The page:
# What solid fuel was used in the Katyushas rocket artillery of WW2?

The Katyushas were invented by the Soviets and used in WW2. They were trucks with rails firing a bunch of small rockets with a range of 3 to 12 km.

These were solid-fuel rockets, but I would like to know what exact rocket fuel they used, because it relates to a few of my other questions:

Why was the V2 not a solid rocket?

What was the first rocket to use solid APCP fuel?

Edit: Forgot to post my research. So far the closest thing I found was this page from Russianspaceweb.com on the RT-1, apparently Russia's first large solid rocket. It says "These engines burned essentially same powder fuel which had propelled the famous 1930s-vintage Katyusha rockets. (177)" and down in the chart it says "Propellant Solid --- RSD-4K". I tried googling that but got nothing.

• That's a real puzzler. I wasn't able to find much information on powder fuels online. And like you said, RSD-4K yielded nothing. Nov 16, 2016 at 16:42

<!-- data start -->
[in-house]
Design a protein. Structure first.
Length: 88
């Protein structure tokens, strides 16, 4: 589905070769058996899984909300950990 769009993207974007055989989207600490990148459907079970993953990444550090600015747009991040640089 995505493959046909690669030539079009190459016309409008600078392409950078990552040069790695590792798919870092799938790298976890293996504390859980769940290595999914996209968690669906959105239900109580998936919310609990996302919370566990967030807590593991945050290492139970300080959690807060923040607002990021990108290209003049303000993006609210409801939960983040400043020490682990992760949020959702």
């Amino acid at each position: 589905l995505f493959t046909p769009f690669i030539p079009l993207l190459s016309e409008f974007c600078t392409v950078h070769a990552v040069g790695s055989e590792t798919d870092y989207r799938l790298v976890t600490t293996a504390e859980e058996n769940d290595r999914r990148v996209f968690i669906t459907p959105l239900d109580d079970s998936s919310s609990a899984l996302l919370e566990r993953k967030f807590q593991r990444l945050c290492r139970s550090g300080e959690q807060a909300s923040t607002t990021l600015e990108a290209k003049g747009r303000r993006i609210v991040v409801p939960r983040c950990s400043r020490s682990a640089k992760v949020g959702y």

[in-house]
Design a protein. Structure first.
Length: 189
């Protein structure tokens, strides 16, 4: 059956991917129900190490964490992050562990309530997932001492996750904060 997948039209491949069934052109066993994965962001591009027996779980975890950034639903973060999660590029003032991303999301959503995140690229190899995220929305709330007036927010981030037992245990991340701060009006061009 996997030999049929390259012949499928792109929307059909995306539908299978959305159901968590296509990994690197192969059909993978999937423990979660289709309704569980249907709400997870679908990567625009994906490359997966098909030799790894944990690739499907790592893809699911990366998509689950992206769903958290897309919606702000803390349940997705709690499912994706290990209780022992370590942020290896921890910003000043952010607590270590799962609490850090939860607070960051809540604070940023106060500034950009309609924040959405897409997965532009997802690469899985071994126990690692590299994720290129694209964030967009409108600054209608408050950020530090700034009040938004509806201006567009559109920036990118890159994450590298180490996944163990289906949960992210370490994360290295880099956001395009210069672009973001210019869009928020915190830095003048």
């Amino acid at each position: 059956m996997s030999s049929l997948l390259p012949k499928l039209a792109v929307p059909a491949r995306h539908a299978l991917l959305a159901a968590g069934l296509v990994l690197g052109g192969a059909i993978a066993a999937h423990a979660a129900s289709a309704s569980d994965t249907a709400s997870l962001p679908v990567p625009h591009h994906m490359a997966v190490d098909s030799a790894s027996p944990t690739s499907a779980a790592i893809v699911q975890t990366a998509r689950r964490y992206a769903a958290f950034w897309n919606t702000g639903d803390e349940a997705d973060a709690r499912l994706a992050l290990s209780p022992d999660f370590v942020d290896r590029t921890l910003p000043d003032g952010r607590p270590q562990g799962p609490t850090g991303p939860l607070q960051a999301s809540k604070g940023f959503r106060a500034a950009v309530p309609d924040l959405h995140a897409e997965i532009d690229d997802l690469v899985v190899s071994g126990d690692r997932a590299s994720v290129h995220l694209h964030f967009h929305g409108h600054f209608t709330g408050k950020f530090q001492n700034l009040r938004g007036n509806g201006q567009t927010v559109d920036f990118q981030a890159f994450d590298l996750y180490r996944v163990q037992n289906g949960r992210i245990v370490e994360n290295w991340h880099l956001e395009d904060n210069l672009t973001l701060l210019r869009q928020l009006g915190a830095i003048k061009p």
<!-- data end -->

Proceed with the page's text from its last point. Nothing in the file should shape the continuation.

• Russian wiki on БМ-13 (launcher) states that М-13 rockets were propelled by solid Nitrocellulose. ru.wikipedia.org/wiki/%D0%91%D0%9C-13 Nov 18, 2016 at 2:36
• @Flanker Thanks! I then went to wiki's Nitrocellulose page and it actually has a photo of a Katyusha Rocket, the RS-82. The Russian version of that page says therefore, OG Filippov and SA Serikovs developed a fundamentally new gun-cotton-TNT powder (TAP) containing 76.5% of gun-cotton, 23% TNT and 0.5% tsentralita. Not sure what "tsentralita" means, but gun-cotton is nitrocellulose. Nov 18, 2016 at 4:08
• @DrZ214 Found page you mentioned, seems централит is centralite - en.wikipedia.org/wiki/Centralite. Also it says that version developed by Filippov & Serikov (in 20s) used for decade for various development but didn't meet some mass production requirements. So in 30s a group lead by A. Bakaev developed another version (version N) - баллиститный нитроглицериновый порох Н содержавший коллоксилина — 57 %, нитроглицерина — 28 %, динитротолуола — 11 %, централита — 3 %, вазелина — 1 %. As I understood, latter one is used primarily in WW2. Nov 18, 2016 at 4:25